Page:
One of my favorite reads of 2014, Iscariot is real and raw and disturbing…like Judas himself. By introducing us to Judas Bar Simon (Judas, son of Simon) as a mere child, Tosca makes the hated betrayer a sympathetic figure. And the truth is…Judas was once a child.
Consider it. Dwell on it. A little boy–like a little boy YOU know.
Tosca also depicts the political landscape of this time in Israel’s history better than any novel I’ve read. Authors can say Roman rule was brutal. Writers can craft a scene or two showing Israel’s desire to be a free nation. But Tosca invites us to live the atrocities of the occupying soldiers who destroy Judas’s life and world:
“I wailed and thrashed and tore my hair—not because it was proper to do, but because I could do nothing else.”
As a reader, I could do nothing else but cry with young Judas at that moment—and many other moments throughout his life. I found myself identifying with the betrayer, despite the hatred I had for him when I first picked up this book.
Judas and Jesus
And even more disturbing—I found myself asking the same questions Judas asked about the Man, Jesus of Nazareth.
Judas, so righteous and committed one minute, became conflicted and frustrated with Jesus the next. But through it all he loved the Man from Galilee. He knew Jesus was the One. Judas stayed when so many other disciples fell away.
Judas and Me
But he didn’t understand Jesus. It was confusion that drove Judas away, drove him to FORCE answers rather than wait. How many times has my confusion sent me scurrying to find my own answers rather than waiting on God’s timing? I’m so much like Judas. In so many ways.
The betrayer’s final reckoning was this:
“They called him a madman. They called him a liar. But now I know him as the face of God. Who does not save us from the Romans . . . But saves us from ourselves.”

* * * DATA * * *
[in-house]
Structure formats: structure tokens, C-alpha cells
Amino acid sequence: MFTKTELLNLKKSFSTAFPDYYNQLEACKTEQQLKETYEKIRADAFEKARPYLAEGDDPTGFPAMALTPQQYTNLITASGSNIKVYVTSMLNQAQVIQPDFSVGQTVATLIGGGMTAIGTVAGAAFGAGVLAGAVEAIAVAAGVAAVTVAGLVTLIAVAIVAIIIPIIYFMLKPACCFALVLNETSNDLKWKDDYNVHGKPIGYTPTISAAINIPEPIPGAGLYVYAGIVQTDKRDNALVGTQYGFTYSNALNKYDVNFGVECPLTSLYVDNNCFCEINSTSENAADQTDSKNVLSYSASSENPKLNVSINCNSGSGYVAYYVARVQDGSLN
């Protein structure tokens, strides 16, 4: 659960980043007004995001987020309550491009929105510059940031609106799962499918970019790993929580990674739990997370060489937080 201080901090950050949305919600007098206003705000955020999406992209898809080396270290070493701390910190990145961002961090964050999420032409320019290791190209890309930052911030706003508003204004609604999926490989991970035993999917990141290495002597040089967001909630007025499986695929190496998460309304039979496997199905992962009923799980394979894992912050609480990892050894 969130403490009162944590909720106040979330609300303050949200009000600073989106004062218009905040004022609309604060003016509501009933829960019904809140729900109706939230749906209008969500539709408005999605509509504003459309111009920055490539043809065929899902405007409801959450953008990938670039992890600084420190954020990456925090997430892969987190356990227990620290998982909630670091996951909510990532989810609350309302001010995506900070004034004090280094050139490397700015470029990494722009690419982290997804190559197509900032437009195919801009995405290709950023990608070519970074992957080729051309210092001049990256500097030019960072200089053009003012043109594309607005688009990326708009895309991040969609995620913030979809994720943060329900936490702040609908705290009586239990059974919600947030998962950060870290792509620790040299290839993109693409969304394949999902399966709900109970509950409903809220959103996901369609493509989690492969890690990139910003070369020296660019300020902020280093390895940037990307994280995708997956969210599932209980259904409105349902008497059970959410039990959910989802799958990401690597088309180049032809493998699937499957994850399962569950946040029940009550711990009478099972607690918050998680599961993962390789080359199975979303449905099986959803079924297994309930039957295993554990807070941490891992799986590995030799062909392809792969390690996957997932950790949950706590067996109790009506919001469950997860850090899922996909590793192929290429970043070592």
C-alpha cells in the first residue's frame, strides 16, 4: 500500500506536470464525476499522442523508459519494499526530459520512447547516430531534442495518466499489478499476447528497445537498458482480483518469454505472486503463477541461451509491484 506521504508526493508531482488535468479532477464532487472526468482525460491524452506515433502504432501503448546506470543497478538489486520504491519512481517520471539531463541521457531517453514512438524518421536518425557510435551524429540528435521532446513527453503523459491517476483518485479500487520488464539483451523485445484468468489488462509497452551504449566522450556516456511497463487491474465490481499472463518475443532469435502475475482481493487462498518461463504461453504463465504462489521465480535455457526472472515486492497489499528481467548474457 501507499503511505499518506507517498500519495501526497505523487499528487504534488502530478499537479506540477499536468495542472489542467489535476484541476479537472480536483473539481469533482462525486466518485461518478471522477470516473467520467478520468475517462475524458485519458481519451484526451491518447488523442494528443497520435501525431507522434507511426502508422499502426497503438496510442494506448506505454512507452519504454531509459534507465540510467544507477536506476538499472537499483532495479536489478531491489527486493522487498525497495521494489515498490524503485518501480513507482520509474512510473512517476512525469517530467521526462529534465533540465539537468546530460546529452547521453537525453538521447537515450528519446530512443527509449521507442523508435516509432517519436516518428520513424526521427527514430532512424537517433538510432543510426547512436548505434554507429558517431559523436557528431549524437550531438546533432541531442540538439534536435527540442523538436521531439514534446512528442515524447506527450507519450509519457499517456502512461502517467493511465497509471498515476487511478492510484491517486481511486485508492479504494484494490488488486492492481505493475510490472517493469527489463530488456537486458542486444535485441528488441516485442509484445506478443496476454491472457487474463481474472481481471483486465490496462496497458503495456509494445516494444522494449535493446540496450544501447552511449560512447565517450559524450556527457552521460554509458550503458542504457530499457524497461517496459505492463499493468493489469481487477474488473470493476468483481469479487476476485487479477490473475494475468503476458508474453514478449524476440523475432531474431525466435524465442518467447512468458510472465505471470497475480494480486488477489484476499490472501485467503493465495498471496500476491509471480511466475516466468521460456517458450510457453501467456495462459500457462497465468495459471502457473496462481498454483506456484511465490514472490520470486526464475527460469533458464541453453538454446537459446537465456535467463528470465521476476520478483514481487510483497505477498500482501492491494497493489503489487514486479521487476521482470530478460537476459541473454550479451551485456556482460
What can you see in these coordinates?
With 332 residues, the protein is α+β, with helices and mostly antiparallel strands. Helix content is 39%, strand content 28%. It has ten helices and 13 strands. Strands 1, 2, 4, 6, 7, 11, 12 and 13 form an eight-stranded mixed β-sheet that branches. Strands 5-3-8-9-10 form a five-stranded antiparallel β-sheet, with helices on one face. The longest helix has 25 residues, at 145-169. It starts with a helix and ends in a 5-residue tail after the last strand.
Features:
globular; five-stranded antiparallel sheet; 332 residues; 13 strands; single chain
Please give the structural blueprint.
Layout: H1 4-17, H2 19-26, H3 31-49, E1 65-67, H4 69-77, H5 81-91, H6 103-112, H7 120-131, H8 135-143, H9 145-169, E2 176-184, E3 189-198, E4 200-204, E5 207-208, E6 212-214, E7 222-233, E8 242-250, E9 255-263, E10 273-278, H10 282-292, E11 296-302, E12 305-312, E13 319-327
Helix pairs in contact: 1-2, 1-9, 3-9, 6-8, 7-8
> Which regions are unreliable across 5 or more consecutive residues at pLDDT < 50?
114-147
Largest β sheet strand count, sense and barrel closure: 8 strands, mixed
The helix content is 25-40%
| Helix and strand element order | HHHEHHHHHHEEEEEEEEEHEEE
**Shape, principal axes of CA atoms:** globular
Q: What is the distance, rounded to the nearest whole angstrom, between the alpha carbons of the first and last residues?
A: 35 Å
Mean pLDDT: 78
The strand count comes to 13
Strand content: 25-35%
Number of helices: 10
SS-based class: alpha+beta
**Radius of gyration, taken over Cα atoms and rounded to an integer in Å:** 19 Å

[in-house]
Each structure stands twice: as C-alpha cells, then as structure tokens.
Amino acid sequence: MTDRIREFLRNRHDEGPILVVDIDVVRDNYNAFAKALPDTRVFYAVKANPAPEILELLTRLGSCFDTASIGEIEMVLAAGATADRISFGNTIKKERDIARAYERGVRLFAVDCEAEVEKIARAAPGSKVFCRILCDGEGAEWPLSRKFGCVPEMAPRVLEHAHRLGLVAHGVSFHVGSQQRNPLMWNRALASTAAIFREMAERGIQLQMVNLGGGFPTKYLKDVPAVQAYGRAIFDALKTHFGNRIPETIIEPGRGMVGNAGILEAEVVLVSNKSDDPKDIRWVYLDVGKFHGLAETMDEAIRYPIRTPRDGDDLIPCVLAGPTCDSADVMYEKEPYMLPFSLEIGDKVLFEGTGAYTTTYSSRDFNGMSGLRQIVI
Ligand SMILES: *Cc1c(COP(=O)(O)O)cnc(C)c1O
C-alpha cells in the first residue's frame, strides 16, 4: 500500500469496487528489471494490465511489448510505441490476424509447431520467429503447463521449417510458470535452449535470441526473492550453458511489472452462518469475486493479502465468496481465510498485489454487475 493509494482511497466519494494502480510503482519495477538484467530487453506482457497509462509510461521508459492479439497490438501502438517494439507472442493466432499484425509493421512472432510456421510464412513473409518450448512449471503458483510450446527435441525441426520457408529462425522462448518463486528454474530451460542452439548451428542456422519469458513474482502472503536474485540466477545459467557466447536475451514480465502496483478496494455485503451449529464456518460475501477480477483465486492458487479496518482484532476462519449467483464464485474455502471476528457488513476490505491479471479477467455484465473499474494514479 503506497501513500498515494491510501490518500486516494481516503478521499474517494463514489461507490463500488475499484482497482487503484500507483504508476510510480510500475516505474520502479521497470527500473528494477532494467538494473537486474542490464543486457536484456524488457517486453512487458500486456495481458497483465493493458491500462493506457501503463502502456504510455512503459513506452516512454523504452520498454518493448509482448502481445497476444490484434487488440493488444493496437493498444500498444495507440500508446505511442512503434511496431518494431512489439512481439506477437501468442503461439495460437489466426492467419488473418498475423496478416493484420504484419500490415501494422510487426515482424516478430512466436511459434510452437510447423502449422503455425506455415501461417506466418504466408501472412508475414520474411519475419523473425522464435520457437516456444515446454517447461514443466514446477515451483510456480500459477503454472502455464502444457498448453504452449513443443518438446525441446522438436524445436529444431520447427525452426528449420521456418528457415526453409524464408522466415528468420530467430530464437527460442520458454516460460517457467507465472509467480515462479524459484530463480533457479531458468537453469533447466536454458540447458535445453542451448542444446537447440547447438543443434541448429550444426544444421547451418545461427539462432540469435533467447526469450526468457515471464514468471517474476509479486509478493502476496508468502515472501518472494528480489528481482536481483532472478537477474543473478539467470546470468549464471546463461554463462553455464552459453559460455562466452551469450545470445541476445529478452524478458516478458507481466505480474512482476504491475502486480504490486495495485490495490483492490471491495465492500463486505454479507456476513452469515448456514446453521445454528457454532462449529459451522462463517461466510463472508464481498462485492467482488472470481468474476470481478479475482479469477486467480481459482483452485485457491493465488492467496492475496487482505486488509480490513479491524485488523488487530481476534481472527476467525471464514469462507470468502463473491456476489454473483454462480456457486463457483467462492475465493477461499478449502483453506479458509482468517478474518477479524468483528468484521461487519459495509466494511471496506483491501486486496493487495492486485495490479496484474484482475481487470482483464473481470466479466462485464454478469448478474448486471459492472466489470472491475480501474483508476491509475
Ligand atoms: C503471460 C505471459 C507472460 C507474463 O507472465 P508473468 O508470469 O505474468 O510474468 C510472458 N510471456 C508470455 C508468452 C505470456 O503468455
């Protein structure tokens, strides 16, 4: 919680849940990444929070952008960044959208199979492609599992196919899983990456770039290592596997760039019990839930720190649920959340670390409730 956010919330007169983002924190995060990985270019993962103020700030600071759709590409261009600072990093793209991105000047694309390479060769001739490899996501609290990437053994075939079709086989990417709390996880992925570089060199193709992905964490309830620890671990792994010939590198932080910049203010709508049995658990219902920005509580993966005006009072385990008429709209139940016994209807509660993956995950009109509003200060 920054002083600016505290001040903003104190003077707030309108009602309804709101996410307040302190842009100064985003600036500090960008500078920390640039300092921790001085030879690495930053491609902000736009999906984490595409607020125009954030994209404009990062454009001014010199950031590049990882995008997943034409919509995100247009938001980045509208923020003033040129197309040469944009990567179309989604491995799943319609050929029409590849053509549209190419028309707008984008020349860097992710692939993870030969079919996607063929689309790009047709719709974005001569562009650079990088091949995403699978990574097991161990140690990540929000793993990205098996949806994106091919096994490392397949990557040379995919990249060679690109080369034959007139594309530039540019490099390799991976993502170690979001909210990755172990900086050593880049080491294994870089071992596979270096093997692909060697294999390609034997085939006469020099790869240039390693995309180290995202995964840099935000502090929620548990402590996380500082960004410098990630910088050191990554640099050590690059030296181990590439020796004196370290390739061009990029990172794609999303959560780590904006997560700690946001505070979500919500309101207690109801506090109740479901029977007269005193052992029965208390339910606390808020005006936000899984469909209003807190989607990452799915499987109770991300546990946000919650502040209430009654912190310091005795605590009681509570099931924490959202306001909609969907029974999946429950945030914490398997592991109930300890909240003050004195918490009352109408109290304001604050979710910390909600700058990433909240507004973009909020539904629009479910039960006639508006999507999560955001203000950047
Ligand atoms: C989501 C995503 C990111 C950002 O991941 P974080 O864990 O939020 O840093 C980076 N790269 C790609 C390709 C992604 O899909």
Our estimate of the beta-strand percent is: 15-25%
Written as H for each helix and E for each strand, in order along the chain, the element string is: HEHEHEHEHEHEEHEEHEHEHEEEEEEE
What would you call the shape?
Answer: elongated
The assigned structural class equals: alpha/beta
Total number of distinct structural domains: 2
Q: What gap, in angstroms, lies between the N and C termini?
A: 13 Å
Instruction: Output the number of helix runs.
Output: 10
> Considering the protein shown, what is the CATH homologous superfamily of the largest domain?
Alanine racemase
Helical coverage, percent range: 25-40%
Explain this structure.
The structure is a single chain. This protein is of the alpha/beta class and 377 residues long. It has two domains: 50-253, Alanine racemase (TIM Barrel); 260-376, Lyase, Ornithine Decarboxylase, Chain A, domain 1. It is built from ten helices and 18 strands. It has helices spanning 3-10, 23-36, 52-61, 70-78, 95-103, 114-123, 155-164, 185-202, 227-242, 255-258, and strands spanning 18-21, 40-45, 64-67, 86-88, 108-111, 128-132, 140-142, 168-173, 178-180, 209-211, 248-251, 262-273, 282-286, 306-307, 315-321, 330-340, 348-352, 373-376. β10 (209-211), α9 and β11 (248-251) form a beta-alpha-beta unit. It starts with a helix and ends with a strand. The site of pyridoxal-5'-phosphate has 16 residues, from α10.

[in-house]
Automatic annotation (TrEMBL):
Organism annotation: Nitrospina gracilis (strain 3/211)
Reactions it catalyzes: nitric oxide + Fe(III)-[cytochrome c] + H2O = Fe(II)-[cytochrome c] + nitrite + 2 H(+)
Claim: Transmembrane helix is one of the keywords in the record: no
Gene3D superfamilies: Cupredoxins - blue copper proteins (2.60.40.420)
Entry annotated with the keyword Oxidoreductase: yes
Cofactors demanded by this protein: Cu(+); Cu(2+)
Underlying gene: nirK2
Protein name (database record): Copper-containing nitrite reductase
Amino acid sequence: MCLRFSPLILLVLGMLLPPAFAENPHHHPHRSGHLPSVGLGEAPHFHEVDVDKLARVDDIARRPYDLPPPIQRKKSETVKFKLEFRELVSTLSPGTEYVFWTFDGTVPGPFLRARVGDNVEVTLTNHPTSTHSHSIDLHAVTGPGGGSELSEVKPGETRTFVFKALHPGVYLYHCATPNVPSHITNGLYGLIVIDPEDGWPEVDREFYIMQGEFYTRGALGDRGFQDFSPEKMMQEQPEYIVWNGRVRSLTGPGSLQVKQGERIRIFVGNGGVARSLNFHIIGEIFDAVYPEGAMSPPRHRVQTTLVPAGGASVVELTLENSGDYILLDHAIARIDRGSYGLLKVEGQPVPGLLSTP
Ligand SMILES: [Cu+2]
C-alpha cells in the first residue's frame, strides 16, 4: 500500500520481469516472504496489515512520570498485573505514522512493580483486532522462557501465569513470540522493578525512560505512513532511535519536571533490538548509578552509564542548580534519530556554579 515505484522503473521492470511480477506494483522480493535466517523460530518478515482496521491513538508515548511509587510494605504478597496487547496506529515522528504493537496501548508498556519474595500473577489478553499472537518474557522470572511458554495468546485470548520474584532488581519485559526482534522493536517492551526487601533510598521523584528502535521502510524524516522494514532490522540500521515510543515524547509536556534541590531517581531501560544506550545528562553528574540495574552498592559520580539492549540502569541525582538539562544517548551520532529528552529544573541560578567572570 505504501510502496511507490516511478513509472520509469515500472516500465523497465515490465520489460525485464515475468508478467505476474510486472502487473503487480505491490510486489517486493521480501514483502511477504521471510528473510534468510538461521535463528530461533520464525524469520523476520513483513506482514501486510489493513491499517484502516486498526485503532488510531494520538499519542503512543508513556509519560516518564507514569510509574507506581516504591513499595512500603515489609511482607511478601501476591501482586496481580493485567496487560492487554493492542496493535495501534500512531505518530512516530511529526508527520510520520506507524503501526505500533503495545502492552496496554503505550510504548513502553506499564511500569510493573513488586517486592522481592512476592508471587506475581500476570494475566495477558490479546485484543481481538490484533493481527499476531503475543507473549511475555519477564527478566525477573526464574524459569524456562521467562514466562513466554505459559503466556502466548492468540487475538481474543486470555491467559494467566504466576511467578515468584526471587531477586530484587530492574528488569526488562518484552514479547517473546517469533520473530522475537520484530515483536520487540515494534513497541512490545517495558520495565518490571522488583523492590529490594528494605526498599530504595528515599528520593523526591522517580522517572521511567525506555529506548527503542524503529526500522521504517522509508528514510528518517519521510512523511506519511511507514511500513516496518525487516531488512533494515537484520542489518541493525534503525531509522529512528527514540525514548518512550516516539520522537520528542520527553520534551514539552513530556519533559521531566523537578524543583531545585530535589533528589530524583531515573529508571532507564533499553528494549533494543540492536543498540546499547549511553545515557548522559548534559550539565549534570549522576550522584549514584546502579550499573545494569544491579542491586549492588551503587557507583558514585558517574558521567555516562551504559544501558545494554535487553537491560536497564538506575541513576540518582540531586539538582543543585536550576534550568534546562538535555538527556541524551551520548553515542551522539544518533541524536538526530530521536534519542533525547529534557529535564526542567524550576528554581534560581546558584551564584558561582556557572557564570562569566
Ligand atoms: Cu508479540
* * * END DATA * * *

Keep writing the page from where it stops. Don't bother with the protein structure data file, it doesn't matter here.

And, like the betrayer, I must realize that my Jesus is not so interested in saving me from my trials and tribulations as He is from myself. Oh, that I would take up MY cross and follow Him…
The Book’s End
In her Author’s Note, Tosca describes Jesus this way:
“[Jesus was] A man who stood up for the oppressed without condemning the oppressor, more concerned with restoration of individuals than the salvation of a nation. A man who, through the lens of history, was nothing short of dangerous…A man who would not be controlled. A man as wild as God.”
So, really, though this book is titled, Iscariot, it will challenge our perceived notions about our Savior as much as our biases regarding His betrayer. Tosca’s plot is based on well-thought-out arguments and incredible research, and any Scriptural concerns I had were addressed in her Author’s Note.
The Readers’ Group Guide and Discussion Questions provide valuable “jumping off” points for personal or group reflection, and her tips for Enhancing Your Book Club seem valuable.
I love Tosca’s voice, evident also in Havah, another of my favorite biblical novels. Read them both! You won’t be disappointed.